Segal, L (1990) Slow Motion: Changing Masculinities, Changing Men Virago Press: London

Week four: Mon 21st April-Thurs 24th April

continue the construction of masculinity and femininity

Week five: Tues 29th April and Wed 30th April (note we follow Thursday timetable)

Introduction to homosexuality debates Week six: Mon 5th-Thurs 8th May

homosexuality We will look at homosexuality and the nature versus nurture debate as well as trans sexuality where it is interesting to look at how children develop gender identities and when they begin to consider themselves as boys or girls (excerpts from novel Middlesex) For instance, do you think children, would see themselves as boys or girls if they weren’t labeled as such by their parents and at nursery school. Two positions will be considered: the essentialist one that views identity as innate, for, eg, you are born straight, or gay, and the social constructionist one. Video Go Fish (1994, directed by Rose Troche). Go Fish Is a light hearted romantic comedy that touches on some serious issues.Video Go Fish

Some issues to consider in the movie 1. In the movie Evy’s mother disapproves of her being a lesbian. Evy remains in the closet because of this.What dooes `in the closet' mean? What do you think of Evy’s mother’s response? Do you think Evy should be open about her lifestyle? Why do gay people stay in the closet? Discuss homophobia. Are you homophobic?

2. When Daria has sex with a man she is condemned by the `jury’ for not being a lesbian. She says that when a gay man has sex with a woman he is "bored, drunk [or] lonely" but if a lesbian has sex with a man "her whole life choice becomes suspect." what do you think of Daria’s response? If you are straight and you have sex once with a member of the same sex does that make you gay? What determines your sexuality? Is it simply who you have sex with?

3. Why do you think the group of women discusses the various names for vagina? Why is it important for women to do this? Why are so many words for vagina derogatory or swear words, and even more so if used against men? What does this say about women’s status in society?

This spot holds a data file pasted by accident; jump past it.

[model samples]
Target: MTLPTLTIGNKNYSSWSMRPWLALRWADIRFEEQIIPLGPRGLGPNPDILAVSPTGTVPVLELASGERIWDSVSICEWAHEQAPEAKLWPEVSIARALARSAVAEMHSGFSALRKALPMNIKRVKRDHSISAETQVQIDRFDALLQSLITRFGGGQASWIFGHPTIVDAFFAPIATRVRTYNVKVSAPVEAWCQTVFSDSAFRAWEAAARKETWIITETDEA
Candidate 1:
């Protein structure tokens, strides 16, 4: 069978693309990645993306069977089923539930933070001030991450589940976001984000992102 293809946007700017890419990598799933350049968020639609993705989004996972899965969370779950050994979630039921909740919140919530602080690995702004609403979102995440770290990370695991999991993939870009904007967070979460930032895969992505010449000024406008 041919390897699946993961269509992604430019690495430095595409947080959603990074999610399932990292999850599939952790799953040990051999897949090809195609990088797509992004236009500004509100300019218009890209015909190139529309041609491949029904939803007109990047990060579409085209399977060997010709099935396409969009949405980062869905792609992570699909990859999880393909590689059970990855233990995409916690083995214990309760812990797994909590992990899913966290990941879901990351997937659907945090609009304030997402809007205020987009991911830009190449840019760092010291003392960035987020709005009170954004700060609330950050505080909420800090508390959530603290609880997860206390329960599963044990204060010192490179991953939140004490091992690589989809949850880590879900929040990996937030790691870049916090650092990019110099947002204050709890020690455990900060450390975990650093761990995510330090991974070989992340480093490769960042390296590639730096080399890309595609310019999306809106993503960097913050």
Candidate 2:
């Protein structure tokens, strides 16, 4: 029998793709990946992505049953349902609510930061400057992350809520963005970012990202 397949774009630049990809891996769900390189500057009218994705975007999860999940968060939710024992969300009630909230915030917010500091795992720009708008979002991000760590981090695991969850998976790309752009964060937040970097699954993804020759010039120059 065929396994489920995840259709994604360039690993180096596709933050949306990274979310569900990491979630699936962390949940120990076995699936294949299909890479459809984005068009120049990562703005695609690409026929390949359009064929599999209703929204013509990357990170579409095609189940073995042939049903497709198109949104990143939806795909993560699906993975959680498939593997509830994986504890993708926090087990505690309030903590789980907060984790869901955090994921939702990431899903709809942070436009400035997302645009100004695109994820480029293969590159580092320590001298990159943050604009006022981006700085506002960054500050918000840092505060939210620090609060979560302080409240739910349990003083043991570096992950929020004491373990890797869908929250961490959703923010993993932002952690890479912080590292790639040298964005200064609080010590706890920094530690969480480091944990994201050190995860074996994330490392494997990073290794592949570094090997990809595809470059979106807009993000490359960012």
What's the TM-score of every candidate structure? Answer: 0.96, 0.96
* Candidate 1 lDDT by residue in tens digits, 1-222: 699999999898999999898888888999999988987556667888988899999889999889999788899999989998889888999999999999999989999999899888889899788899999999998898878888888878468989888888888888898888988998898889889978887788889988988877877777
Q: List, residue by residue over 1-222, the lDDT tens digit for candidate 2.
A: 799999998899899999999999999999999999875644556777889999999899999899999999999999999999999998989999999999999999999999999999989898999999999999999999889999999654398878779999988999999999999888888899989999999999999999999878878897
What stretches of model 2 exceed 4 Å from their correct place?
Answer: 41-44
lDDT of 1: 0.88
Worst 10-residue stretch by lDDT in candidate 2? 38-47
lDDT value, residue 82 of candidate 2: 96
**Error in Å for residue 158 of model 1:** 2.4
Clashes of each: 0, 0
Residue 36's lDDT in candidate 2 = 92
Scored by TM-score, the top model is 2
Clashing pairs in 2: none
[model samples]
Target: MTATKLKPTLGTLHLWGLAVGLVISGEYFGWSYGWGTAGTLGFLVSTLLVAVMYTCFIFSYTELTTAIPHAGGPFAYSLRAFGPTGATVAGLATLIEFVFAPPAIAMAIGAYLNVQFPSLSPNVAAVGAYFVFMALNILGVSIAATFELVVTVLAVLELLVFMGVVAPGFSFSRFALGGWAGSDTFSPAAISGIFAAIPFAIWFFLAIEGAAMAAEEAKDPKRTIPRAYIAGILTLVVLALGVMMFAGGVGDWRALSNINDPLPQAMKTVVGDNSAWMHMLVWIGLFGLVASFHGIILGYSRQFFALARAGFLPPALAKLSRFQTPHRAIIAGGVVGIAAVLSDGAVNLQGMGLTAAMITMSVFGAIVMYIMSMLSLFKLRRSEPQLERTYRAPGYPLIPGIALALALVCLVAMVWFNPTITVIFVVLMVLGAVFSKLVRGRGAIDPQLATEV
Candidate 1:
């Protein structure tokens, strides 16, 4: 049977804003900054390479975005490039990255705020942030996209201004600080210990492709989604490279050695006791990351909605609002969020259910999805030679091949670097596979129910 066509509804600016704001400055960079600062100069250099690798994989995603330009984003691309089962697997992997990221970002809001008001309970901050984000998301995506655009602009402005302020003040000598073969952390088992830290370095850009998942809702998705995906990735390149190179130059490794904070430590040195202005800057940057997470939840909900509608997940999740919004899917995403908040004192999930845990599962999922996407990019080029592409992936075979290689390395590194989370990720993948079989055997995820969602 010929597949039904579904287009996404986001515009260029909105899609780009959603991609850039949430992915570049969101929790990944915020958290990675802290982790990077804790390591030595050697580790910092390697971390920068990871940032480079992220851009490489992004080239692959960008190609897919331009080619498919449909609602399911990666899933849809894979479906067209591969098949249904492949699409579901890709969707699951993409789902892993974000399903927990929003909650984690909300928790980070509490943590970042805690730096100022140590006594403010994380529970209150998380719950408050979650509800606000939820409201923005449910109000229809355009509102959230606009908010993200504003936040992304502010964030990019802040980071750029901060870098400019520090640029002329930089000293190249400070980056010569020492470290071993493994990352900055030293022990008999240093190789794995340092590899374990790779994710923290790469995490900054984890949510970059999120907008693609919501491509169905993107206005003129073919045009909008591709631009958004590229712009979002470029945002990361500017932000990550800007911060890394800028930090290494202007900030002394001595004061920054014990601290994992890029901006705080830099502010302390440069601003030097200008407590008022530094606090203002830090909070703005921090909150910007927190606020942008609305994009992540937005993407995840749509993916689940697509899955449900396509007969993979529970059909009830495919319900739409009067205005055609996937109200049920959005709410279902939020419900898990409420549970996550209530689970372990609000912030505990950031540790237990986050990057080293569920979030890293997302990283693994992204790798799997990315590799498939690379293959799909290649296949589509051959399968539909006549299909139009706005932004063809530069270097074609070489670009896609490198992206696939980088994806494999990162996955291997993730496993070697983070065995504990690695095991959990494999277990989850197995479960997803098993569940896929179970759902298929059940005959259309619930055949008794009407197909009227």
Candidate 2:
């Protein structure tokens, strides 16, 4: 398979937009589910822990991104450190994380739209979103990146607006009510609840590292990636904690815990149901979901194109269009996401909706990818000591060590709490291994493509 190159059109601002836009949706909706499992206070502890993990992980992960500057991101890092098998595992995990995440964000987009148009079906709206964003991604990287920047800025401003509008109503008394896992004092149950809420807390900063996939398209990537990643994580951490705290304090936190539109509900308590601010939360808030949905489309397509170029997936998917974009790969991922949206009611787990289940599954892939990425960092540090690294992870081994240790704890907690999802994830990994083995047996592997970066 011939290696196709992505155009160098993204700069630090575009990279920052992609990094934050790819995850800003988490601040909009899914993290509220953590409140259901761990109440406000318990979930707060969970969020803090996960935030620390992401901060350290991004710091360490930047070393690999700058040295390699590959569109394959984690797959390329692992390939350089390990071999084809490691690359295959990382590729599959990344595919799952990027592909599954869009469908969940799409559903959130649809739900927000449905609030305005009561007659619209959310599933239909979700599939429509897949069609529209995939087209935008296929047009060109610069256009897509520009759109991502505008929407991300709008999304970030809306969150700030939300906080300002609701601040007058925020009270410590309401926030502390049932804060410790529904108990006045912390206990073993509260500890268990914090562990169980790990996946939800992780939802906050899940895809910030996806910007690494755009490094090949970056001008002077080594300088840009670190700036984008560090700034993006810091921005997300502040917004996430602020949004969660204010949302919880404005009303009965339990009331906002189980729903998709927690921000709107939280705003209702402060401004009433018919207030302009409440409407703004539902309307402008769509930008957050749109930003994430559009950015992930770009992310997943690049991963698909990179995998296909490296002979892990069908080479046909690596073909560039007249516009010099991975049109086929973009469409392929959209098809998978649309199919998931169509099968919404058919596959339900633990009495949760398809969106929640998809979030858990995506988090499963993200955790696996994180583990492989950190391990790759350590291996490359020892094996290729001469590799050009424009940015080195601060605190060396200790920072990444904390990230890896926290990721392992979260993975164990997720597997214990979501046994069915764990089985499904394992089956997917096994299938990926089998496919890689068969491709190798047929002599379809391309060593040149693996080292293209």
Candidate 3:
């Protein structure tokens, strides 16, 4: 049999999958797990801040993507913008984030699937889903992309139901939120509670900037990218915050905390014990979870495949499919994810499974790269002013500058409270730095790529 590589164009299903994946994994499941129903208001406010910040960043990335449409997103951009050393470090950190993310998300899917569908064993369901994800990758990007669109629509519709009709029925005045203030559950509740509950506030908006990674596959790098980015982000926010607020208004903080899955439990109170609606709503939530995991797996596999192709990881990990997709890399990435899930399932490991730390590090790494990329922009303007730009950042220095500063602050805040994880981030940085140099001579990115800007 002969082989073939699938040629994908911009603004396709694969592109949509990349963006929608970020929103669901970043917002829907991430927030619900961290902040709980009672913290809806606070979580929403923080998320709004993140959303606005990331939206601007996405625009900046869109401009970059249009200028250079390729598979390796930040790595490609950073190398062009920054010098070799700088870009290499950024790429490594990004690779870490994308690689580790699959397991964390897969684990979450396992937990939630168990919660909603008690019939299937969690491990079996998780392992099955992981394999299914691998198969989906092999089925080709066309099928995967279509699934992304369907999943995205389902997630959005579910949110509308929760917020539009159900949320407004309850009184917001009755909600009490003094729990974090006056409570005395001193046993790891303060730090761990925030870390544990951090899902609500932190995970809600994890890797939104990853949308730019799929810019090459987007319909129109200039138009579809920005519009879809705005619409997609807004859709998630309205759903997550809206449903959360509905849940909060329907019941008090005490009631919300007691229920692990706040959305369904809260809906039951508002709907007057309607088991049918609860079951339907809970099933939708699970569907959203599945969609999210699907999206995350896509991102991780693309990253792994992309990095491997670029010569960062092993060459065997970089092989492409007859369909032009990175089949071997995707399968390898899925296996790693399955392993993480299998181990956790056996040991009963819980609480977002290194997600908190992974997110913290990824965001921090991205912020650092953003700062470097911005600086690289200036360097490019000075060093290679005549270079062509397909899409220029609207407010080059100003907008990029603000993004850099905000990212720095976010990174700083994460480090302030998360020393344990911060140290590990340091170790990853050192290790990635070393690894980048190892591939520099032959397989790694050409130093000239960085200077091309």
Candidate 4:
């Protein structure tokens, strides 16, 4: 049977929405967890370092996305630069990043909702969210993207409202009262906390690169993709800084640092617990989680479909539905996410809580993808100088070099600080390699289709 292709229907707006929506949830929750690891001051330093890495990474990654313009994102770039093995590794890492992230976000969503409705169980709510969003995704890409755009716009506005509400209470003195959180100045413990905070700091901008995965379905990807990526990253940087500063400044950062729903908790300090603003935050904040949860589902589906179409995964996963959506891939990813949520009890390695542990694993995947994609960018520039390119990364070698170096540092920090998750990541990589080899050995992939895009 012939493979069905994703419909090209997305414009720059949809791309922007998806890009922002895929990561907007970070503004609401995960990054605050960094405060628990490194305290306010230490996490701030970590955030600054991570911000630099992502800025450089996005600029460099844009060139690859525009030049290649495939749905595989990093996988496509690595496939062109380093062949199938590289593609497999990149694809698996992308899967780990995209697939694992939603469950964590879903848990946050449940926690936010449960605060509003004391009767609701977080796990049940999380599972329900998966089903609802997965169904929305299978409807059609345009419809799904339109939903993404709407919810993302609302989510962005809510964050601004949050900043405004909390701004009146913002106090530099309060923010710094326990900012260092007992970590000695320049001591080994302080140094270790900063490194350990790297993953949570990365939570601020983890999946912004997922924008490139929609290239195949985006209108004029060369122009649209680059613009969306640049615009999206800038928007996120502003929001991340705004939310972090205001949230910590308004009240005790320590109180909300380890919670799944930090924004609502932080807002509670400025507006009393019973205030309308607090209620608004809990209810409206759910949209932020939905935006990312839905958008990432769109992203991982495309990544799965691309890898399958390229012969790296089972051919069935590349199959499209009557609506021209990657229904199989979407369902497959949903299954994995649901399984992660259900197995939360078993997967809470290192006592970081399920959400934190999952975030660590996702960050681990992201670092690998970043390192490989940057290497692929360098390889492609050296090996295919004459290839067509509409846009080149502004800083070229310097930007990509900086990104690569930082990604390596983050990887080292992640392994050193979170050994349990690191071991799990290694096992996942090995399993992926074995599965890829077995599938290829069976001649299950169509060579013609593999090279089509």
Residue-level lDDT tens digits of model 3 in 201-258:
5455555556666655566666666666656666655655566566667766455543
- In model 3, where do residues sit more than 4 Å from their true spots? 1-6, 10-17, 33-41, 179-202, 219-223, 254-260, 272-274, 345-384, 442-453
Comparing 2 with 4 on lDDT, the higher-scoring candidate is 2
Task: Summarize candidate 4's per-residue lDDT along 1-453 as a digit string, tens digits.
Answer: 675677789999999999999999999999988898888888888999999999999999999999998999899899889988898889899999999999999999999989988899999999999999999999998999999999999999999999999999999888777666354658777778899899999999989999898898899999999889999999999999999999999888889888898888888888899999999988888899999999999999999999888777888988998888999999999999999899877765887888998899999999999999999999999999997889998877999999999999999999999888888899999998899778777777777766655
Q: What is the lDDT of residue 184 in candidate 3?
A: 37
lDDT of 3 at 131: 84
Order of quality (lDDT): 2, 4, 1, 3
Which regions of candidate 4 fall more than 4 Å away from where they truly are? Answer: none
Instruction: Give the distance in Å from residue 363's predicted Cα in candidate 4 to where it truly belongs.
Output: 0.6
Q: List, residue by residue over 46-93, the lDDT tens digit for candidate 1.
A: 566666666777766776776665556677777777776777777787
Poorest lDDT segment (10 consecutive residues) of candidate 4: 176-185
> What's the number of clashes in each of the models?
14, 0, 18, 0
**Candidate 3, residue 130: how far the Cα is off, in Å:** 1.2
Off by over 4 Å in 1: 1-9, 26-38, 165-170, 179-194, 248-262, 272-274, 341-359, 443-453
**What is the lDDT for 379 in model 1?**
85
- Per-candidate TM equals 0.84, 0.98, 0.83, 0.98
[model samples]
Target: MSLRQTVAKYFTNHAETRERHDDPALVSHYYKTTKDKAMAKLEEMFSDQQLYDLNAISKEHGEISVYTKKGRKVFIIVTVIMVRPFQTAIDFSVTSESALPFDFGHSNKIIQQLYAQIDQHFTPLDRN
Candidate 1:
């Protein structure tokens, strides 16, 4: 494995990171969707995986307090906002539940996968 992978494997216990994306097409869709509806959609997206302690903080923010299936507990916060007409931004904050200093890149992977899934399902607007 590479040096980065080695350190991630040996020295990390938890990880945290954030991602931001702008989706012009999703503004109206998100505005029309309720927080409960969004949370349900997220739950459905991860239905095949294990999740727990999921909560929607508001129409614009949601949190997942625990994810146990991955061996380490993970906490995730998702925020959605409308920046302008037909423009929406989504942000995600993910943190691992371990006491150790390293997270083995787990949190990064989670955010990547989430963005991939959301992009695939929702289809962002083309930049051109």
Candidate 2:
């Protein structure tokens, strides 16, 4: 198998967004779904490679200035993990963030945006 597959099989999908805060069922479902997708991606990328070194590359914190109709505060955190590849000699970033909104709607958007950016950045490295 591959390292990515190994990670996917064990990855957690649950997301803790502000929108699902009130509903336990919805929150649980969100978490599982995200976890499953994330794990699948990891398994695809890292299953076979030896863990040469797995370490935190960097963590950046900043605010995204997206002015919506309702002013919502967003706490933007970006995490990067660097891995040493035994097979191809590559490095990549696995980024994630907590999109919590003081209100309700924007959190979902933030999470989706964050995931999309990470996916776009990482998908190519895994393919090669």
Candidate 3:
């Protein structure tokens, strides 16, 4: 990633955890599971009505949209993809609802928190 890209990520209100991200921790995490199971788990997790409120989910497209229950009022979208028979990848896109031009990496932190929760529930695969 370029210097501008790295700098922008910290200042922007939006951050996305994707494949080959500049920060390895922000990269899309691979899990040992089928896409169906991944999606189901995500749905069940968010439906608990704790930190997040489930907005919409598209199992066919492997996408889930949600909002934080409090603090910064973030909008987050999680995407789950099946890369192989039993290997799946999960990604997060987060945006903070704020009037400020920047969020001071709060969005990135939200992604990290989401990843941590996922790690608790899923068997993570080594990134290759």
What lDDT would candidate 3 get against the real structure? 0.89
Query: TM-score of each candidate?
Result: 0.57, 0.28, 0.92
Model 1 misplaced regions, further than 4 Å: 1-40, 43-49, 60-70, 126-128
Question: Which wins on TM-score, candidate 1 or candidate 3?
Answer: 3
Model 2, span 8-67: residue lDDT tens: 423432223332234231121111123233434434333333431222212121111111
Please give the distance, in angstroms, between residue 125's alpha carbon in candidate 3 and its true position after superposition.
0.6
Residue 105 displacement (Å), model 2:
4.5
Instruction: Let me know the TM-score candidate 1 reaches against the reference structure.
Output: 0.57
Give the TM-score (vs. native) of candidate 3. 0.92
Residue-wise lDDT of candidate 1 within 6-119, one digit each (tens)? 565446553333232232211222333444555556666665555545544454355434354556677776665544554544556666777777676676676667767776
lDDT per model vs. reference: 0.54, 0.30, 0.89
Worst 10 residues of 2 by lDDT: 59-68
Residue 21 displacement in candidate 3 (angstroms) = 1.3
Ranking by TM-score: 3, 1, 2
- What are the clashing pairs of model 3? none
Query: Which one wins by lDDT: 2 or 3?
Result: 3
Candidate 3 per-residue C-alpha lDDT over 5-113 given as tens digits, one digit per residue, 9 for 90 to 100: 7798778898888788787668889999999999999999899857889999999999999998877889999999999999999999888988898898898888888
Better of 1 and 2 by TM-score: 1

Knight, M (1994) `Transexuality explained' in Diva

Leghorn, L and K. Parker (1981) Woman’s Worth: Sexual economics and the world of women Routledge and Kegan Paul: Boston

Tiefer, L (1987) `Social Construction and the Study of Human Sexuality’ in Sex and Gender Shaver, P and C. Hendrick Sage: London

Weeks, J (1992) `The body and sexuality’ in Social and Cultural Forms of Modernity Bocock, R and K. Thompson

Weeks, J (2nd ed) (1981) Sex, Politics and Society: The regulation of sexuality since 1800 Longman: New York

Week seven: Mon 12th-Thurs 15th May the variety of contemporary feminist theories

We will study the variety of feminist theories and how they contribute to our understanding of gender, that is moving from liberal feminism through to socialist feminism and black feminism. This includes group presentations on the Thursday.


Barrett, M and M. McIntosh (1982) The Anti Social Family Verso: London

Dryden, C, Erlank, N Haffejee, Y, Hardy, K, Nhlapo, S, Tonkin, S and J. Tshamano (2002) T`he many voices of feminism' in Agenda: No 54 African Feminisms Two

Collins, P (1994) `The Social Construction of Black Feminist Thought’ in The Woman Question (2nd ed) Evans, M Sage: London

hooks, B (1984) Feminist Theory: from Margin to Centre South End Press: Boston

hooks, B (1997) `Feminism: A movement to End Sexist Oppression’ in Feminisms Kemp, S and J. Squires (eds) Feminisms Oxford University Press: Oxford

hooks, B (1997) `Black Women and Feminism’ in Feminisms Kemp, S and J. Squires (eds) Feminisms Oxford University Press: Oxford

Jackson, S, Atkinson, K, Beddoe, D Brewer, T, Faulkner, S, Hucklesby, A, Pearson, R, Power, H, Prince, J, Ryan, M and P. Young (1993) Women’s Studies: Essential Readings New York University Press: New York

Ritzer, G and D. Goodman ( 2003) `Gender and feminism in Modern Sociological Theory Ritzer, G and D. Goodman McGrawhill: New York

Romm, N and M. Sarakinsky (1994) `Feminism and Sociological Theory’ in Social Theory Romm, N and M. Sarakinsky (eds) Lexicon Publishers: Johannesburg

Tong, R (1989) Feminist Thought: A comprehensive introduction Unwin Hyman London

Wittig, M (1997) `One is not born a woman’ in Feminisms Kemp, S and J. Squires (eds) Feminisms Oxford University Press: Oxford

Week eight: Mon 19th-Thurs 22nd May feminist theories continued

group presentations